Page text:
Fewer certs, yes. Easier...I wouldn't be so sure. I found the ER track more difficult, partially because I came from a service provider background.
Exam Developer / Proctor
05-14-2010 12:32 AM
My biggest complain is JNCIP-M is prerequisite for JNCIE-M. If someone is willing to challenge JNCIE-M directly, why they have to pass a lab at professional level? certs and labs cost lot of money and time. Is Juniper considering direct path to JNCIE-M?
05-14-2010 03:39 AM - edited 05-18-2010 03:02 AM
I think you have the acronyms backwards but I'll take a stab at the question.
I am not associated at all with Juniper or any Juniper education provider, but I do have a masters degree and teach in an undergraduate college program in a humanities field. These two exams are testing different areas of learning.
The written exam is designed to find out if you have a breadth of knowledge about a subject. It tests you ability to cover a wide area and know details within each of the individual silos of required knowledge. We use these types of tests to make sure students have covered all four corners of required knowledge for full success in a subject.
Practical exams are the test of application of knowledge. We know from experience that there are some students that can learn all the theory but cannot practice the craft. By having practical exams we make sure that the student can apply the knowledge in the way we need them to practice. However, practical exams are by there very nature limited in scope. You cannot cover all four corners of the subject in anything approaching a reasonsalbe time frame. So we need to have the written basic knowledge exams to be sure the practice is standing on a firm foundation and not just specific knowledge of certain things.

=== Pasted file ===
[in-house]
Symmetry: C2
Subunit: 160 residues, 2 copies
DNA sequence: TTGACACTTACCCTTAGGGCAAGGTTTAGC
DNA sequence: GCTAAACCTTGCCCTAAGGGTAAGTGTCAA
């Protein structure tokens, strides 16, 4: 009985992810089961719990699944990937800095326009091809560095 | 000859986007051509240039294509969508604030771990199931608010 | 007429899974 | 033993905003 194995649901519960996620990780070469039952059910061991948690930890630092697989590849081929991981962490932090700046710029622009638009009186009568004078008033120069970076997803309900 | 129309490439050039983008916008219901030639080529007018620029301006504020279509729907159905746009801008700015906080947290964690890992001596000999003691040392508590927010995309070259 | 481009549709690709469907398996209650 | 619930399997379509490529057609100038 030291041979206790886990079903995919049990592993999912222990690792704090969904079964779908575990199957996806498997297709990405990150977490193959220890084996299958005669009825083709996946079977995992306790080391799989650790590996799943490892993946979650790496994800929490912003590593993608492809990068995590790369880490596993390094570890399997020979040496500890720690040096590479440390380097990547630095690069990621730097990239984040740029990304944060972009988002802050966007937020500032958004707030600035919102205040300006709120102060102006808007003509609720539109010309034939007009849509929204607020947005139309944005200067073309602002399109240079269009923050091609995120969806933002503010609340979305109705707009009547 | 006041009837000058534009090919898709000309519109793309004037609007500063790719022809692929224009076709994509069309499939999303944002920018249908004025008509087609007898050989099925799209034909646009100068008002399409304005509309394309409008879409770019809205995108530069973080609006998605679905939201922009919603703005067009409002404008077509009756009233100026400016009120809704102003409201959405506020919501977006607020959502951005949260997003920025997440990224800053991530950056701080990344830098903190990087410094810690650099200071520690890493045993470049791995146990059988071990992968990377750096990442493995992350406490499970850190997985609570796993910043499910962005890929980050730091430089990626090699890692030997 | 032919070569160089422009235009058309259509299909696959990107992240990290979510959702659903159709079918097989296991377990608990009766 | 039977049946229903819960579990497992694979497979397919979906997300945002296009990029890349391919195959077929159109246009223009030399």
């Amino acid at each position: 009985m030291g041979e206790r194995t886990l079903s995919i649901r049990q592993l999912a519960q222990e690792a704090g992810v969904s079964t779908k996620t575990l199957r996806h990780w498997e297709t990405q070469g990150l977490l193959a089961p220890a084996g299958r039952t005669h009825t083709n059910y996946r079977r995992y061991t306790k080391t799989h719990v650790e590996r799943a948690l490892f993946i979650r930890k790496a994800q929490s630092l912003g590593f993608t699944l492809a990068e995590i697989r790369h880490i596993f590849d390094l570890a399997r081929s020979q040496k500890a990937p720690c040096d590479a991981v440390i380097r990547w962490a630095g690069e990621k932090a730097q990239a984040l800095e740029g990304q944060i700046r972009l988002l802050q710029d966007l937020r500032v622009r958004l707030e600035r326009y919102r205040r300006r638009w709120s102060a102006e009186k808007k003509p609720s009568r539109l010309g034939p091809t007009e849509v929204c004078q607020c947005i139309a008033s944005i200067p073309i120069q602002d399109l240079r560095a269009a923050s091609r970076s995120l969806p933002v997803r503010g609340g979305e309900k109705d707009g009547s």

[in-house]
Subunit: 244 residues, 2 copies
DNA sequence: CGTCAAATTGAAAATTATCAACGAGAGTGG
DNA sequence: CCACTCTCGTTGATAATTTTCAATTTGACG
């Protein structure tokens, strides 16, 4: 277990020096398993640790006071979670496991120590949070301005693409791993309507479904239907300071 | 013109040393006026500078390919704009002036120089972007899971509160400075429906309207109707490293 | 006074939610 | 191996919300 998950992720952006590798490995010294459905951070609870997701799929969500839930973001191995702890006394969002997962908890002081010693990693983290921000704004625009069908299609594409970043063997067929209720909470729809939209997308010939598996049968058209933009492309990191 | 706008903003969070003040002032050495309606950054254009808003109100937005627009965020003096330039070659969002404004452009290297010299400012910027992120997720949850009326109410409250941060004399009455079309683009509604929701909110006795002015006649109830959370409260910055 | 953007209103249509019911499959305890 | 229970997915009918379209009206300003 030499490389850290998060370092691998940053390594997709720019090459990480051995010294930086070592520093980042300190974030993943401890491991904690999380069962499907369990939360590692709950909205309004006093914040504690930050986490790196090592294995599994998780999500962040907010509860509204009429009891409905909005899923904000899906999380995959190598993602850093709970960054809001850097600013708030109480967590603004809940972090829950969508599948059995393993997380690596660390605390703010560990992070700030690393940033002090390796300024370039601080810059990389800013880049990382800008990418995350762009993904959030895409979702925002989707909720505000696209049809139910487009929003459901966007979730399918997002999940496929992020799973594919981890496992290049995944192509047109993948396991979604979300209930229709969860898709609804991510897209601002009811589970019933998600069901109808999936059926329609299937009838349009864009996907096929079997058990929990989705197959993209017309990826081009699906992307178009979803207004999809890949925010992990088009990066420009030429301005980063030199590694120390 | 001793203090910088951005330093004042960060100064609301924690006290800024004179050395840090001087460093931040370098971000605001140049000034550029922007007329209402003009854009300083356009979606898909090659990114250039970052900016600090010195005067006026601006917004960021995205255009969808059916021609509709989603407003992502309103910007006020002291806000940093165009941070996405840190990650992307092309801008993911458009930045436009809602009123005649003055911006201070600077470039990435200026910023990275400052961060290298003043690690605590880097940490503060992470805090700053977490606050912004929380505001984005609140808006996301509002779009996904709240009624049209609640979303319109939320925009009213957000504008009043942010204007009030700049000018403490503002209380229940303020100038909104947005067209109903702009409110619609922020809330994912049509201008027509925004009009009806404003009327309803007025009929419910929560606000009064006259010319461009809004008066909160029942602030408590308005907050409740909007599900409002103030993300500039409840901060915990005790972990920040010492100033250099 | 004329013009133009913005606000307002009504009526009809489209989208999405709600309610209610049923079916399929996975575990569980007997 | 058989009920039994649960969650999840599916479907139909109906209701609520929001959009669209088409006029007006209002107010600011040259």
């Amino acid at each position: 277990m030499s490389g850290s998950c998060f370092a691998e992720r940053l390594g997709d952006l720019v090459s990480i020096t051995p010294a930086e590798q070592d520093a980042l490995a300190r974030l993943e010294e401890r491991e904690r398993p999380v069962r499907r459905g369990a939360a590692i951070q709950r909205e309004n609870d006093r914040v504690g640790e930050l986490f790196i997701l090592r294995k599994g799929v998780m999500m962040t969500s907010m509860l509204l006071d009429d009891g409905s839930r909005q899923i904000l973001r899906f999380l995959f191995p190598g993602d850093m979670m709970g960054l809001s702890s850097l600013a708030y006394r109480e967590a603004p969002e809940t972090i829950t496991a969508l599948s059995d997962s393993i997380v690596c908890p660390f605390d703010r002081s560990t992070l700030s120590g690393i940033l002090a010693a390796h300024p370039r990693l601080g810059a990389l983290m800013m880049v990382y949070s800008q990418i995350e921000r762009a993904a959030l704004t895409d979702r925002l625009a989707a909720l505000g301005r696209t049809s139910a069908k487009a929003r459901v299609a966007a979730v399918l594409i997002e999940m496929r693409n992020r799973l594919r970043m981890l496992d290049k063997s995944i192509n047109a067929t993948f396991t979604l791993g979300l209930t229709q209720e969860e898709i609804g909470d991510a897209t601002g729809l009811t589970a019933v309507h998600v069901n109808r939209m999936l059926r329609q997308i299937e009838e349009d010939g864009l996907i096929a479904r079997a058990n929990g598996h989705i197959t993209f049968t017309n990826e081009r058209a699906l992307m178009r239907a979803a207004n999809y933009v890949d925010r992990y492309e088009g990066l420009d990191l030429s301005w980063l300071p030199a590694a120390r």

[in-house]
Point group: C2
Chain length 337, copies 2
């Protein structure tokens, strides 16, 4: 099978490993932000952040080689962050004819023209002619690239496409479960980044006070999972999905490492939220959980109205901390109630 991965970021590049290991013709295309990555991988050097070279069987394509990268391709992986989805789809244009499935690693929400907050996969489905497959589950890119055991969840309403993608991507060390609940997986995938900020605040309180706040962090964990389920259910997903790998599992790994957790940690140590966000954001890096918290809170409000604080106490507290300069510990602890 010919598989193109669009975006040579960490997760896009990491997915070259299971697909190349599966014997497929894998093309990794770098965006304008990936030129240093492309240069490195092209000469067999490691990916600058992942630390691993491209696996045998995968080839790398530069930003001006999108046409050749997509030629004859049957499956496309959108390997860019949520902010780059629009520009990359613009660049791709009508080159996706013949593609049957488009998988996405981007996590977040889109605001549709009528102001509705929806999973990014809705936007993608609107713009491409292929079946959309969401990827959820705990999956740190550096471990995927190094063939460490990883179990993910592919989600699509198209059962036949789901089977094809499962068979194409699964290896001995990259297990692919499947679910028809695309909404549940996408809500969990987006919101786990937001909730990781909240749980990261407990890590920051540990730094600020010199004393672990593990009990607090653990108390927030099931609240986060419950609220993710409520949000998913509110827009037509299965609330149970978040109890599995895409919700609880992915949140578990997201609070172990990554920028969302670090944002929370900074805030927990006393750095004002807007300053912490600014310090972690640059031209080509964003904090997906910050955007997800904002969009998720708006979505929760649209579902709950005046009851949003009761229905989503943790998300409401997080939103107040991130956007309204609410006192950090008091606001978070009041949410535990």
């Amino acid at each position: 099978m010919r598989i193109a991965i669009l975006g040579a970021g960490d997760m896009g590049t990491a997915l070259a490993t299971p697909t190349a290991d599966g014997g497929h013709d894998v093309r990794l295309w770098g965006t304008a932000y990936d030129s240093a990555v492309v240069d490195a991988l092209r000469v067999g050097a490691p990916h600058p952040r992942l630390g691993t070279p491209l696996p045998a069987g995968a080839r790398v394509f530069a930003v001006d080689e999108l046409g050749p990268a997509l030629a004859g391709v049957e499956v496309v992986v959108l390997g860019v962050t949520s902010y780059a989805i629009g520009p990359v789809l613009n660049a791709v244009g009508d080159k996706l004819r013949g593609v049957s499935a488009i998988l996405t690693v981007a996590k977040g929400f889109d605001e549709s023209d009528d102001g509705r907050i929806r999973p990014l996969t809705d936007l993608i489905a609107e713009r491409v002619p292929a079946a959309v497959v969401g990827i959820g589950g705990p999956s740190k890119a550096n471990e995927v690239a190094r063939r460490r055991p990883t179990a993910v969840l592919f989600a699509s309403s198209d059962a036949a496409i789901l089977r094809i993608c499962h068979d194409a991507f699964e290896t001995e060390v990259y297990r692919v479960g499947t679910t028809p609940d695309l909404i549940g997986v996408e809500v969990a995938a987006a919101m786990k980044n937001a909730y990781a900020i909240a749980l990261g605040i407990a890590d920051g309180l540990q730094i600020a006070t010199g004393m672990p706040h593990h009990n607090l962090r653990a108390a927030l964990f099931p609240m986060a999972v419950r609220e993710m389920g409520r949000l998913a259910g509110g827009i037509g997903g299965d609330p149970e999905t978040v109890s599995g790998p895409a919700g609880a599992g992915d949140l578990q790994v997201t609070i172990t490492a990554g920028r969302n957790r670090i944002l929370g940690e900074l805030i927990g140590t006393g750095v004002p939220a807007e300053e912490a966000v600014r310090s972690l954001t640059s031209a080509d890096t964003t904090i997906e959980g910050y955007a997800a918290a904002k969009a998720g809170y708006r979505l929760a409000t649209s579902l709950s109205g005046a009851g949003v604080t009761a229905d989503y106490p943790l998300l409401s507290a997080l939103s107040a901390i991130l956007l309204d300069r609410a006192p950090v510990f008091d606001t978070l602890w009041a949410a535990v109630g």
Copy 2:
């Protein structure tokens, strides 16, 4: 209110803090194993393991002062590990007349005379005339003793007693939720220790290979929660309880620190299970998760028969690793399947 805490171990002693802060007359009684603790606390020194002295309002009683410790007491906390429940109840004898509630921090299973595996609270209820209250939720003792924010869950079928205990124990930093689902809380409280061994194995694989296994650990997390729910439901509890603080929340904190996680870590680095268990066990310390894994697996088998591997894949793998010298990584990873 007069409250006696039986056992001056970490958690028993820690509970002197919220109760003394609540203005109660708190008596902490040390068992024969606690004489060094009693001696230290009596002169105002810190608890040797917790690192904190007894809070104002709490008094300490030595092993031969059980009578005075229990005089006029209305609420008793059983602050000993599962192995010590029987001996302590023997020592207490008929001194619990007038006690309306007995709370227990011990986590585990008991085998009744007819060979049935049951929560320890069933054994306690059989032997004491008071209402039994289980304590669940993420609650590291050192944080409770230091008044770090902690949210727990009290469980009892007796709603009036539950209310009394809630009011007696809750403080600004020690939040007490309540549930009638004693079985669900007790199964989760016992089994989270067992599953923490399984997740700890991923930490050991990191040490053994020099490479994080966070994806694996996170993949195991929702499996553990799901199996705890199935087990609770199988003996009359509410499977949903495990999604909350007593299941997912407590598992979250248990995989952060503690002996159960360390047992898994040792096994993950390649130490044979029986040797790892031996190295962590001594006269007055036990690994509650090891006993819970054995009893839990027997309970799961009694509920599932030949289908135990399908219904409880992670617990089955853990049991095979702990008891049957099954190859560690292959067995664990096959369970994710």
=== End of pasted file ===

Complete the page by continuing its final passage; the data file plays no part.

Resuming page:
05-18-2010 12:17 AM
JNCIP-M is a hands on lab exam and prerequisite for JNCIE-M which is also a performance based exam. All I am asking is whether Juniper considering allowing candidates to try JNCIE-M lab directly after JNCIS-M written exam.
Check the URL for more information on the SP JNCIE track.
Can anyone from Juniper care to comment?
05-18-2010 03:00 AM - edited 05-18-2010 03:02 AM
Sorry for my confusion.
I'd have to agree with you on this one. In reading the descriptions again of these two practical tests I would say they are measuring different skill sets.
In training sessions I have heard the JNCIP-M described as getting 8 factory default devices and building out a diagram handed to you from scratch. While the JNCIE-M is being handed a diagram and configured system that has problems that one must troubleshoot and fix. These are different skill sets and frequently enough different jobs that I would say the tests could be decoupled without any major issues.
And these practical exams are pretty expensive so if you don't need to demonstrate the initial build skill set for the current job requirement it would be a major barrier.
You should attend the live chat on May 26 and submit this question in advance for the certification program folks to think about and respond to firstname.lastname@example.org